The wisdom, ethics and meditative conscience known as the three trainings or superior lighting. being inseparable, they complement each other as a tripod or as the three sides of a single bright jewel. The awakening of our inner Buddha depends on achieving these qualities in our life.


Only the one who manages to conquer all theirs wishes reaches the Nirvana, the entire lighting, and after a dead person is not reborn again, but enters the parinirvana, finishing thus with any earthly suffering. The Nirvana is reached following the way of the liberation, in a simple life dedicated to the meditation and completely liberated of the weight of both, the vices and the virtues.

Nirvana is an eternal state of being. It is the state where the law of karma and the cycle of rebirth come to an end. It's the end of suffering, the state where there is no desires and the individual conscience comes to its end. Although to our western minds we could dream like the annihilation, the Buddhists would object such an idea. Gautama never gave an exact description of the Nirvana, but his most nearby answer was this.

"There is that dimension where there is neither earth, nor water, nor fire, nor wind; neither dimension of the infinitude of space, nor dimension of the infinitude of consciousness, nor dimension of nothingness, nor dimension of neither perception nor non-perception; neither this world, nor the next world, nor sun, nor moon. And there, I say, there is neither coming, nor going, nor stasis; neither passing away nor arising: without stance, without foundation, without support [mental object]. This, just this, is the end of stress."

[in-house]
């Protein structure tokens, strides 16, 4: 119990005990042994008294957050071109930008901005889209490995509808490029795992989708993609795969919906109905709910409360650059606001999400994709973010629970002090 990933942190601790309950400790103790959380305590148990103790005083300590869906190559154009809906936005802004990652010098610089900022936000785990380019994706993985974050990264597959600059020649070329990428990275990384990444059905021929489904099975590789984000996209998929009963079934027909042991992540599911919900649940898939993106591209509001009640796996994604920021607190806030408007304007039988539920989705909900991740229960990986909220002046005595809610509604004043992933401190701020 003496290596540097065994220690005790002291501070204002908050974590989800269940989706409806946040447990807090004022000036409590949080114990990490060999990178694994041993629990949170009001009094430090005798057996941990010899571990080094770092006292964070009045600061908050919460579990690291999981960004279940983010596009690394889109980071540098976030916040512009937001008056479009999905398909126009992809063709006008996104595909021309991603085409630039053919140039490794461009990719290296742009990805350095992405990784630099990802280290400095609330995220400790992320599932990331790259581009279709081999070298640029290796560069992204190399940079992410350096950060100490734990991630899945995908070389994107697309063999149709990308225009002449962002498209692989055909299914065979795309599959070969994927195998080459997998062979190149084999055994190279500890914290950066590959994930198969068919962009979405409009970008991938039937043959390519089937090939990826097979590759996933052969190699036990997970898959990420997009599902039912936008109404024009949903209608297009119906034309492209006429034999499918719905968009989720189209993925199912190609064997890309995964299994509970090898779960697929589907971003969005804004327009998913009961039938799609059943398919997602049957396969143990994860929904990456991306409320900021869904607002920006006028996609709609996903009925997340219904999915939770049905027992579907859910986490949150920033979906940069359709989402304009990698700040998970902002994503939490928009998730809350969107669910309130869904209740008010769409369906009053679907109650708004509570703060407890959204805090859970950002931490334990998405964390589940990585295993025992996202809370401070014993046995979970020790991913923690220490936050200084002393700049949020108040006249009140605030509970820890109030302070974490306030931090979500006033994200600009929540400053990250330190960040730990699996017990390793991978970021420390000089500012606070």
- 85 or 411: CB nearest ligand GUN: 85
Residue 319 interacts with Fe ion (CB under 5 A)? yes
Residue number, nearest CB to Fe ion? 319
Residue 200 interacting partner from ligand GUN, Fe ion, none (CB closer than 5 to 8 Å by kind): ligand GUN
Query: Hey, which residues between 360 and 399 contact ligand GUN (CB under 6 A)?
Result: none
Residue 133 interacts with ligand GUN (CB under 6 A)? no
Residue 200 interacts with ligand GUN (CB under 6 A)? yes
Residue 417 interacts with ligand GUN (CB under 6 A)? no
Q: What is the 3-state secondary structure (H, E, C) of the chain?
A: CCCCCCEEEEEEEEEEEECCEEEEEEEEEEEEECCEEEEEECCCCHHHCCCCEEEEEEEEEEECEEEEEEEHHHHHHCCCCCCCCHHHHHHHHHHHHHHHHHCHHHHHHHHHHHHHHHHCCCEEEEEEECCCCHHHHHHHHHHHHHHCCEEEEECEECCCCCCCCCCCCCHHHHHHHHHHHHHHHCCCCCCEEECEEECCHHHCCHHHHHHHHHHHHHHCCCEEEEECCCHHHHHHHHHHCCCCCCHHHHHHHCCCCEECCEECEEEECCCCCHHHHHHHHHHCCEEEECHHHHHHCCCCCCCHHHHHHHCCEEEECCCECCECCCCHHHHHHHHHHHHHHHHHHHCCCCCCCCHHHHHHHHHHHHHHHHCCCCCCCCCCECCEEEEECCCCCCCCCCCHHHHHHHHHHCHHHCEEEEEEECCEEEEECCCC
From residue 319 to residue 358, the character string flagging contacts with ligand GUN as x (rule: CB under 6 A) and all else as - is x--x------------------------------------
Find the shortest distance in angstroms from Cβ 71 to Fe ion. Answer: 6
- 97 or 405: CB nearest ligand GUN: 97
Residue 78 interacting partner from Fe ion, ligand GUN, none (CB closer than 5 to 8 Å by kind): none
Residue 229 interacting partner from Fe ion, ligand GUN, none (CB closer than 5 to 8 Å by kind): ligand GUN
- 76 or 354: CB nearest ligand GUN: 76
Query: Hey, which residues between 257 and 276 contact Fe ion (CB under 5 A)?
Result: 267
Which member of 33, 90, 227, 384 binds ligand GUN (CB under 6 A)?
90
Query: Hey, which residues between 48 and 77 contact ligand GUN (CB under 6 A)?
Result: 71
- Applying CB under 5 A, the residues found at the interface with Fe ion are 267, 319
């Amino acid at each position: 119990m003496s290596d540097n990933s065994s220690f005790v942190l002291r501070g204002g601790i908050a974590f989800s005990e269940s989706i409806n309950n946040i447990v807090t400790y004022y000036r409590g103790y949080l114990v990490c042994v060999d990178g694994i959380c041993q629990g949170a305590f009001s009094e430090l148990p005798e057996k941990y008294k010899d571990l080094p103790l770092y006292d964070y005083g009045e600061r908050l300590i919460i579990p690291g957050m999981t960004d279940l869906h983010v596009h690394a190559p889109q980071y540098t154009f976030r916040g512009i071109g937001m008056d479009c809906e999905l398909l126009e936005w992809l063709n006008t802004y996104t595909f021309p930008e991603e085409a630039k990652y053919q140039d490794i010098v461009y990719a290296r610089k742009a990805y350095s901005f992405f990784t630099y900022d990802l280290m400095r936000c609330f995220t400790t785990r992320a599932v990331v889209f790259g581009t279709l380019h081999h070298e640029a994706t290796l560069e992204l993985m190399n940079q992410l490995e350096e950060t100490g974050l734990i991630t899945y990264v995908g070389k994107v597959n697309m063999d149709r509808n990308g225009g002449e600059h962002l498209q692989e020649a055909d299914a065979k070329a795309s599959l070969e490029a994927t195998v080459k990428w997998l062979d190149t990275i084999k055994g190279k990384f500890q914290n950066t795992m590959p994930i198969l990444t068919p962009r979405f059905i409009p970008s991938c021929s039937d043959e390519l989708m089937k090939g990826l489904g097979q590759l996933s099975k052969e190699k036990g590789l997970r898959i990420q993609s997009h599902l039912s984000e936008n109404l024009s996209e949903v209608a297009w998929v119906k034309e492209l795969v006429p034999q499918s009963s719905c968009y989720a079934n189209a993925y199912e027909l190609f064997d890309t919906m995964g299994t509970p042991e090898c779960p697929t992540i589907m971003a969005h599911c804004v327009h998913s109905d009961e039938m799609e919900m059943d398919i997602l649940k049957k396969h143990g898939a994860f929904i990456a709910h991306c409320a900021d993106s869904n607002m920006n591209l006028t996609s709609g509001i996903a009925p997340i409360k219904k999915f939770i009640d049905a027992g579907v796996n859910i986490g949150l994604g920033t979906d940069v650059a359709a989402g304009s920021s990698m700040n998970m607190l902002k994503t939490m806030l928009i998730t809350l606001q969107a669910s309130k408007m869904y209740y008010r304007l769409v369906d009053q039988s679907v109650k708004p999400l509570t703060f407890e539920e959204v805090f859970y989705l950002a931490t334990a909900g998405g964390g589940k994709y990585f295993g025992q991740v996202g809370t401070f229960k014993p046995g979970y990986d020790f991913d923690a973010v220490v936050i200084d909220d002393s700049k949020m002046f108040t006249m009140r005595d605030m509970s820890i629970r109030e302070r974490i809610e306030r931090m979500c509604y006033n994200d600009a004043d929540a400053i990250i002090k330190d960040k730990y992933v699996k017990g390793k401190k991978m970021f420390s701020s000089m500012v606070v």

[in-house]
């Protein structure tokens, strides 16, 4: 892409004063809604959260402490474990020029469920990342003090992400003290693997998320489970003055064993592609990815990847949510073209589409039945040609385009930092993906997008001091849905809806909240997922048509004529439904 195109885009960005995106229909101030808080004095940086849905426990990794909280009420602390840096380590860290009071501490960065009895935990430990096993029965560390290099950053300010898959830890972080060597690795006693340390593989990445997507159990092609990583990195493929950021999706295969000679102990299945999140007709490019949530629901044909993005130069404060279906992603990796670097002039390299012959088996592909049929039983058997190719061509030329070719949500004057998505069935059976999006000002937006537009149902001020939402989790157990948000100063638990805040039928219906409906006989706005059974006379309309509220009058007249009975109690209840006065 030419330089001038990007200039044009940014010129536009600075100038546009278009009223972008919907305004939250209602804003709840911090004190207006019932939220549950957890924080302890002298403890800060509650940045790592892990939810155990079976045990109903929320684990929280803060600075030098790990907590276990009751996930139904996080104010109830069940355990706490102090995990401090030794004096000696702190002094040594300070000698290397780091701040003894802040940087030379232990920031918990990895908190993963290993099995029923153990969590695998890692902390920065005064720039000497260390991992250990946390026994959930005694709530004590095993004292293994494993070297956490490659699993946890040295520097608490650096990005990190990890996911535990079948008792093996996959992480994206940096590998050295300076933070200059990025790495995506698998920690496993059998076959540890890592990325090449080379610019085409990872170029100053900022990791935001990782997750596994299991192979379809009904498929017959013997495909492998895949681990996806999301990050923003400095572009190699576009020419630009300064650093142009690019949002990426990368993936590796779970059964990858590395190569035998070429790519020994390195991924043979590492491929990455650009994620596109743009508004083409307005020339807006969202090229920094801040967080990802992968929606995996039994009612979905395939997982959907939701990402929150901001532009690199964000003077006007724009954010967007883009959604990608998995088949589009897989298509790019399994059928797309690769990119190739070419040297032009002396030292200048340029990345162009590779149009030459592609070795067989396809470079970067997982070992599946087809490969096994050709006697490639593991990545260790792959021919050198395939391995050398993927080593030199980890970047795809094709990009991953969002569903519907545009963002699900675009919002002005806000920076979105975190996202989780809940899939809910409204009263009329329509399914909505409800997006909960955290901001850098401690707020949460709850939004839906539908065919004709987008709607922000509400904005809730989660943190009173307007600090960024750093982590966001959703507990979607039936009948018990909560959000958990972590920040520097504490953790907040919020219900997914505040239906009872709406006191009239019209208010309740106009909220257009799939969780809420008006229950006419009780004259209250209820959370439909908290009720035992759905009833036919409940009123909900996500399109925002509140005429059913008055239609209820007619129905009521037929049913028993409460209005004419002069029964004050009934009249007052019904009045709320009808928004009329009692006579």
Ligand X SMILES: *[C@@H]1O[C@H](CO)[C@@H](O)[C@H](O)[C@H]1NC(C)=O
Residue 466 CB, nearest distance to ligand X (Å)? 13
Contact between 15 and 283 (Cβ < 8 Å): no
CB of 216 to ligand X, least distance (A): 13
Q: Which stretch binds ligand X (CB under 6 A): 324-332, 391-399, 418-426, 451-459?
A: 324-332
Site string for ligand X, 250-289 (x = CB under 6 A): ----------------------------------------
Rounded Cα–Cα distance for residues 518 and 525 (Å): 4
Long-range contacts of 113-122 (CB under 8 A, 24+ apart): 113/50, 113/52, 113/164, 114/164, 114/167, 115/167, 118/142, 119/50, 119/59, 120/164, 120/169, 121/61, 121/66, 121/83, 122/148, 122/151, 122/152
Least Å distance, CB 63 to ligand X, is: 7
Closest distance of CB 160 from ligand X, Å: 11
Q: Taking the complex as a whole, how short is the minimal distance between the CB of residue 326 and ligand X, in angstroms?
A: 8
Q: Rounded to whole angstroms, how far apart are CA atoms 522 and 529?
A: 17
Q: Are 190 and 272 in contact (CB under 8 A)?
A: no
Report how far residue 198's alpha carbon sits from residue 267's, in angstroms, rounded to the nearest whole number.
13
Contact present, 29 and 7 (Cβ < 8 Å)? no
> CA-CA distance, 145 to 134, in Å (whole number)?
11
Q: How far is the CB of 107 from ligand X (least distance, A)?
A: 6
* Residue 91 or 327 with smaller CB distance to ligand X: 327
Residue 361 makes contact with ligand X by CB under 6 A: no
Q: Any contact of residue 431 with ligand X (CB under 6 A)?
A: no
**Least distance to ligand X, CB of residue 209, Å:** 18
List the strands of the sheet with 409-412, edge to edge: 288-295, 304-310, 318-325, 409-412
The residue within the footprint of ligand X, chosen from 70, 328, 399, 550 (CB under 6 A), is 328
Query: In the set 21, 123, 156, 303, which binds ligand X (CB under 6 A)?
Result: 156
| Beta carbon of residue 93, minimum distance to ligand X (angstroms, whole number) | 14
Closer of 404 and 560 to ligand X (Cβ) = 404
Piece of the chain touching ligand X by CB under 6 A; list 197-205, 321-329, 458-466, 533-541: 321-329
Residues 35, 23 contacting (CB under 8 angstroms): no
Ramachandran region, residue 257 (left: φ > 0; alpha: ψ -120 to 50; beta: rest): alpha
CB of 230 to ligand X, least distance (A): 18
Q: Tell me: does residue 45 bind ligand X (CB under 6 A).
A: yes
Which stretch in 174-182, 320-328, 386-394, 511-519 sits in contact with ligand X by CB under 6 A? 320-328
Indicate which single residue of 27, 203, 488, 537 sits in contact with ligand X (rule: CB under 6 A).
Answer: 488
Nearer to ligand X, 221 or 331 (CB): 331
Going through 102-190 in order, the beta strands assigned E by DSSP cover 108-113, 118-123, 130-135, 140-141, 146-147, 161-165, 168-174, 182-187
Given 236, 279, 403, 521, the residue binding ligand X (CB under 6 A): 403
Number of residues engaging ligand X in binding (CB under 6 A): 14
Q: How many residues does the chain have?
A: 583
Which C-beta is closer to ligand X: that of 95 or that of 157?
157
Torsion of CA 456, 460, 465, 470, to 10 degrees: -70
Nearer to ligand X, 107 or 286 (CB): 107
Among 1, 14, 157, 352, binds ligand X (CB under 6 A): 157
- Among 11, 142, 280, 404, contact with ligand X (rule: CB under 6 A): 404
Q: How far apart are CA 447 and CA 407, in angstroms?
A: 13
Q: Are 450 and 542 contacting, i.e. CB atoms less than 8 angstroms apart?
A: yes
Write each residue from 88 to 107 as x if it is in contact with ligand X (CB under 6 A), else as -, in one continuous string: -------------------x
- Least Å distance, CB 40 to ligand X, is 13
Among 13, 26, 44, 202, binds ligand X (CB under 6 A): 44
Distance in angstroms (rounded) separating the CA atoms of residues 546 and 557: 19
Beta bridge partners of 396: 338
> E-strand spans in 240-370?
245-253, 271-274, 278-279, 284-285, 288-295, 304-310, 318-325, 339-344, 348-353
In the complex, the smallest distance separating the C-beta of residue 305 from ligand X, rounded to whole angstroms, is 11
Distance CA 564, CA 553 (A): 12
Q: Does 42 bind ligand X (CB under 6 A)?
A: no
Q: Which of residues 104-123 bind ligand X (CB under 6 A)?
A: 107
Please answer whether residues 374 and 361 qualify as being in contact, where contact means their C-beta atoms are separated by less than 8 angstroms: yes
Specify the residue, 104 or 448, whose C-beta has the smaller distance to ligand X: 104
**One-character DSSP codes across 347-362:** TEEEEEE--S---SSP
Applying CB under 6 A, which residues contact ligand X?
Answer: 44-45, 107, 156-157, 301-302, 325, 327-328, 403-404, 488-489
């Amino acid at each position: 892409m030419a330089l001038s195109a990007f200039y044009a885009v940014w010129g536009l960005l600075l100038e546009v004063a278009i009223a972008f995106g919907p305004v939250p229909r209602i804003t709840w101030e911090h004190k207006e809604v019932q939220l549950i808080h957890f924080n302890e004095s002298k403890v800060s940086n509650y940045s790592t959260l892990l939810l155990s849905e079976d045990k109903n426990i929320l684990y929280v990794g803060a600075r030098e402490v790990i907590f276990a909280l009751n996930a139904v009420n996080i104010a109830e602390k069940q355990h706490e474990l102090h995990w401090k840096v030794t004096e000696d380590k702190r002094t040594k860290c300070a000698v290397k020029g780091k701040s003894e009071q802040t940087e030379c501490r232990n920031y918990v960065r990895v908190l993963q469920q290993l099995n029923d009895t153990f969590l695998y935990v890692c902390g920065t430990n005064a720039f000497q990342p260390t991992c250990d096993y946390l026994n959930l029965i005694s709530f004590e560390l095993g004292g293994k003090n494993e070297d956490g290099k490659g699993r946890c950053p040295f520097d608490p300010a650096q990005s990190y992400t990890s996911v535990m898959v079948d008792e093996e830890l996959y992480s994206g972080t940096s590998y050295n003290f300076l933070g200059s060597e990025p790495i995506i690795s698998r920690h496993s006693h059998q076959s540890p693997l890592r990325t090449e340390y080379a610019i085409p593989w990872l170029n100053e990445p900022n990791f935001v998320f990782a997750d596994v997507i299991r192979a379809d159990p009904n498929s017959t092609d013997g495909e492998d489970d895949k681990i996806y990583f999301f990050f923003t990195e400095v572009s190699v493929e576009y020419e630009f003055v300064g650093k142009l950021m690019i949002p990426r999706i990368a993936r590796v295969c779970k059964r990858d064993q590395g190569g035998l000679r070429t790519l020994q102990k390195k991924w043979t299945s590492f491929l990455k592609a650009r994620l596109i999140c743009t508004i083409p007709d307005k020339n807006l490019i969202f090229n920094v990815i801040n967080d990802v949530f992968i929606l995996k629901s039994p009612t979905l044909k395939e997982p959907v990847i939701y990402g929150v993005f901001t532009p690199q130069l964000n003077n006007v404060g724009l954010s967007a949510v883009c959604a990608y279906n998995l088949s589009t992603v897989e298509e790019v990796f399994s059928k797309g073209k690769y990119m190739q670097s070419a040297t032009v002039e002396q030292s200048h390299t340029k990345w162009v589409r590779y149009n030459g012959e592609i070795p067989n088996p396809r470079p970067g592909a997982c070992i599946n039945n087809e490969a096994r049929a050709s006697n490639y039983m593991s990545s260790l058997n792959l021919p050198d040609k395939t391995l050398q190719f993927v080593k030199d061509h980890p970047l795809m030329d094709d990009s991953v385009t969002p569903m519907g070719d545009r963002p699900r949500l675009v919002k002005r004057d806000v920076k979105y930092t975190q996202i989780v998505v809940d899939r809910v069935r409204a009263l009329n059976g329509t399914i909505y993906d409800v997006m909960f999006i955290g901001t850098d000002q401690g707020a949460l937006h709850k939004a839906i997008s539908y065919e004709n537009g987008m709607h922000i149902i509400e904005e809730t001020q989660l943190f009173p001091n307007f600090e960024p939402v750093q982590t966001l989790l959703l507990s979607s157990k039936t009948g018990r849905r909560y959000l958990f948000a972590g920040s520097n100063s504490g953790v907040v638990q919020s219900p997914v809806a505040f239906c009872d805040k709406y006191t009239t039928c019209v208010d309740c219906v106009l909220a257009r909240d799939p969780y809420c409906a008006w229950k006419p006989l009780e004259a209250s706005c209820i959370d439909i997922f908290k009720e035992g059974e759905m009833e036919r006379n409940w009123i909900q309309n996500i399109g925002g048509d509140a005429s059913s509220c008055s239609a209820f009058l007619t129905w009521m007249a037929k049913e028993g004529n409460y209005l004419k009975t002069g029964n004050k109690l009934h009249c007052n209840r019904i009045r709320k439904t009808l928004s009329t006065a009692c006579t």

For many the Buddhism is a religion, others affirm that it is a Science of the Mind, also it is considered to be a Philosophy of the life and some of them adopt it like a Psychological Therapy.

Buddhism focuses on the mind, and is an effective therapeutic way to deal with the problems of life.

Buddha reached the lighting in the twinkling of an eye and founded the first religion without God. God exists but we can not know Him. Just knowing ourselves, we can get to Him.